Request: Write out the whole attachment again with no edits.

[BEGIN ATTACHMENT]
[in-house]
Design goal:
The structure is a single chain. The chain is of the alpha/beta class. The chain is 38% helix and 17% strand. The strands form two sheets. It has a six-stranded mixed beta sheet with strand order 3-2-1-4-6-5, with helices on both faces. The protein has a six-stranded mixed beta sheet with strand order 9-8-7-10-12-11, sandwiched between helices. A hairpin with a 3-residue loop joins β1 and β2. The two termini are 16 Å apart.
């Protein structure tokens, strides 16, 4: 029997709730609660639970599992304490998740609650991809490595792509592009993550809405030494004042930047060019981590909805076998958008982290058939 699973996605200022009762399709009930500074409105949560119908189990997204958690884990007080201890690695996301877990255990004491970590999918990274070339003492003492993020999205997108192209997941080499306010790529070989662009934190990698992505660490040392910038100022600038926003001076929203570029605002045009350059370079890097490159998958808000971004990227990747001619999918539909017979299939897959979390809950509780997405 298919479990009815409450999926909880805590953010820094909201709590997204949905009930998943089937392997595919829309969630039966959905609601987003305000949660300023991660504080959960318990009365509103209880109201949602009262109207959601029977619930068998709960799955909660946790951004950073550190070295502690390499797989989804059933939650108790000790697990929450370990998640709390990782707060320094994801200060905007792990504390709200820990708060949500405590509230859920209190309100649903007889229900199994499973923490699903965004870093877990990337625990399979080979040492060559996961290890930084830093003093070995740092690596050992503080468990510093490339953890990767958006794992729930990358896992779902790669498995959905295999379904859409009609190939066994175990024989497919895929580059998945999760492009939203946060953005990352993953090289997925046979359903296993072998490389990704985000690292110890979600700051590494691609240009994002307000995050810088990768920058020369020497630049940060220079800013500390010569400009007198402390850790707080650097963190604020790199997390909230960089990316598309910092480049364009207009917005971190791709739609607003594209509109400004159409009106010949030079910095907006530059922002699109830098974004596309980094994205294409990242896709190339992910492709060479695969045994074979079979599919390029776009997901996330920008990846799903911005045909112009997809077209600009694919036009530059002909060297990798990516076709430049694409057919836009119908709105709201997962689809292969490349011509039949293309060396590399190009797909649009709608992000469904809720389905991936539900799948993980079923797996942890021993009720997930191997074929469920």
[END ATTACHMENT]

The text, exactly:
[in-house]
Design goal:
The structure is a single chain. The chain is of the alpha/beta class. The chain is 38% helix and 17% strand. The strands form two sheets. It has a six-stranded mixed beta sheet with strand order 3-2-1-4-6-5, with helices on both faces. The protein has a six-stranded mixed beta sheet with strand order 9-8-7-10-12-11, sandwiched between helices. A hairpin with a 3-residue loop joins β1 and β2. The two termini are 16 Å apart.
């Protein structure tokens, strides 16, 4: 029997709730609660639970599992304490998740609650991809490595792509592009993550809405030494004042930047060019981590909805076998958008982290058939 699973996605200022009762399709009930500074409105949560119908189990997204958690884990007080201890690695996301877990255990004491970590999918990274070339003492003492993020999205997108192209997941080499306010790529070989662009934190990698992505660490040392910038100022600038926003001076929203570029605002045009350059370079890097490159998958808000971004990227990747001619999918539909017979299939897959979390809950509780997405 298919479990009815409450999926909880805590953010820094909201709590997204949905009930998943089937392997595919829309969630039966959905609601987003305000949660300023991660504080959960318990009365509103209880109201949602009262109207959601029977619930068998709960799955909660946790951004950073550190070295502690390499797989989804059933939650108790000790697990929450370990998640709390990782707060320094994801200060905007792990504390709200820990708060949500405590509230859920209190309100649903007889229900199994499973923490699903965004870093877990990337625990399979080979040492060559996961290890930084830093003093070995740092690596050992503080468990510093490339953890990767958006794992729930990358896992779902790669498995959905295999379904859409009609190939066994175990024989497919895929580059998945999760492009939203946060953005990352993953090289997925046979359903296993072998490389990704985000690292110890979600700051590494691609240009994002307000995050810088990768920058020369020497630049940060220079800013500390010569400009007198402390850790707080650097963190604020790199997390909230960089990316598309910092480049364009207009917005971190791709739609607003594209509109400004159409009106010949030079910095907006530059922002699109830098974004596309980094994205294409990242896709190339992910492709060479695969045994074979079979599919390029776009997901996330920008990846799903911005045909112009997809077209600009694919036009530059002909060297990798990516076709430049694409057919836009119908709105709201997962689809292969490349011509039949293309060396590399190009797909649009709608992000469904809720389905991936539900799948993980079923797996942890021993009720997930191997074929469920």